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‘Shrilling’: China cites Mao in attack on Taiwan foreign minister

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China has launched an angry tirade against Taiwan’s foreign minister, evoking the words of revolutionary leader Mao Zedong to condemn him as a “shrilling” fly for his efforts to promote Taiwan internationally.

Joseph Wu, self-ruled Taiwan’s foreign minister and a fluent English speaker, is an outspoken advocate for the island amid increasing pressure from China, which claims Taiwan as its own, and appears regularly on international panels and in the media.

In a lengthy condemnation published late on Thursday, China’s Taiwan Affairs Office said Wu was a “diehard” supporter of Taiwan independence who peddled “lies” about the island.

It quoted a poem written by Mao in 1963, The River All Red, which was a denunciation of the Soviet Union and the United States.

“All forms of comments on Taiwan independence are but flies ‘humming, with a burst of shrilling and a fit of sobbing,’” the Beijing’s Taiwan Affairs Office said.

Taiwan’s foreign ministry said the attack was “not worthy” of a response.

However, Taiwan’s Mainland Affairs Council, which deals with formulating policies on China, was more strident, describing it as “slander and abuse”.

“This kind of verbal violence, unprecedented in the international community, only highlights the overstepping of the rules of the Taiwan-related body on the other side of the Taiwan Strait and how far away it is from civilised society,” the council said.

China has stepped up military and political pressure to try and force the democratically ruled island to accept Chinese sovereignty.

Taiwan has said it will defend its freedom and democracy.

China sends 38 fighter planes toward Taiwan on National Day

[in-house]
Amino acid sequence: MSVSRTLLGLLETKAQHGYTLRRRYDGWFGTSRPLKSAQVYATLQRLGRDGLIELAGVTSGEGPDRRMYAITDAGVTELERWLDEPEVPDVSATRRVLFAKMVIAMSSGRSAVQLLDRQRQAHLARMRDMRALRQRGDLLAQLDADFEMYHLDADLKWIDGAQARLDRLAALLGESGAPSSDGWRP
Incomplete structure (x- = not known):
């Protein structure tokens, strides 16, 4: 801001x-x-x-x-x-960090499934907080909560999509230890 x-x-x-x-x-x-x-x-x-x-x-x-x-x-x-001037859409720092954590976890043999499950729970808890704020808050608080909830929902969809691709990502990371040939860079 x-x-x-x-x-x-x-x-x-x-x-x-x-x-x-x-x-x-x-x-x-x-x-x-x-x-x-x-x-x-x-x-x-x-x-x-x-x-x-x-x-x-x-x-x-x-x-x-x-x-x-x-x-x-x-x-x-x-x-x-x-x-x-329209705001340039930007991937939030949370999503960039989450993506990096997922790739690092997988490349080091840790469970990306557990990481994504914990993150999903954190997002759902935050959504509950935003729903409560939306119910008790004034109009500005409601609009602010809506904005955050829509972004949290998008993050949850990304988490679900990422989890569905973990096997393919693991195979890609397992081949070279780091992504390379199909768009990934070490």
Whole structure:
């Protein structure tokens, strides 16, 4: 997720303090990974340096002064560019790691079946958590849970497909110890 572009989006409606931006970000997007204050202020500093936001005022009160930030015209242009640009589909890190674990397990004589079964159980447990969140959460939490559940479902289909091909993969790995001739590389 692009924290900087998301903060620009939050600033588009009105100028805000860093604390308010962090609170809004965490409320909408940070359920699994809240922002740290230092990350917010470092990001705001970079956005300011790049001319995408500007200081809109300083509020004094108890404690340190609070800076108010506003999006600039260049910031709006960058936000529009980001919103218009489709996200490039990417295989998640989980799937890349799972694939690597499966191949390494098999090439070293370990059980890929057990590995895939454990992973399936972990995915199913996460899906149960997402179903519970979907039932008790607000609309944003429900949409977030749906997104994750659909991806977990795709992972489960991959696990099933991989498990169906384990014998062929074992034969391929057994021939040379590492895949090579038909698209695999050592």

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China has sent 38 fighter jets toward self-ruled Taiwan in a large display on China’s National Day

TAIPEI, Taiwan – China sent 38 fighter jets toward self-ruled Taiwan in the largest display of force this year on China’s National Day.

The People’s Liberation Army flew 25 fighter jets Friday in the first maneuver, then sent an additional 13 planes that night. Taiwan deployed air patrol forces in response and tracked the Chinese aircraft on its air defense systems, the island’s Defense Ministry said in a statement.

The first group of planes included 18 J-16 fighter jets and two H-6 bombers.

China has sent planes toward the island it claims as part of its territory on a near daily basis in the last couple of years, stepping up military harassment with drills.

Last week, China flew 24 fighter jets toward Taiwan after it announced it would apply to join a Pacific trade group that China also applied to join.

Taiwan and China split during a civil war in 1949, and China has not ruled out force to reunify with Taiwan. Beijing opposes Taiwan’s involvement in international organizations.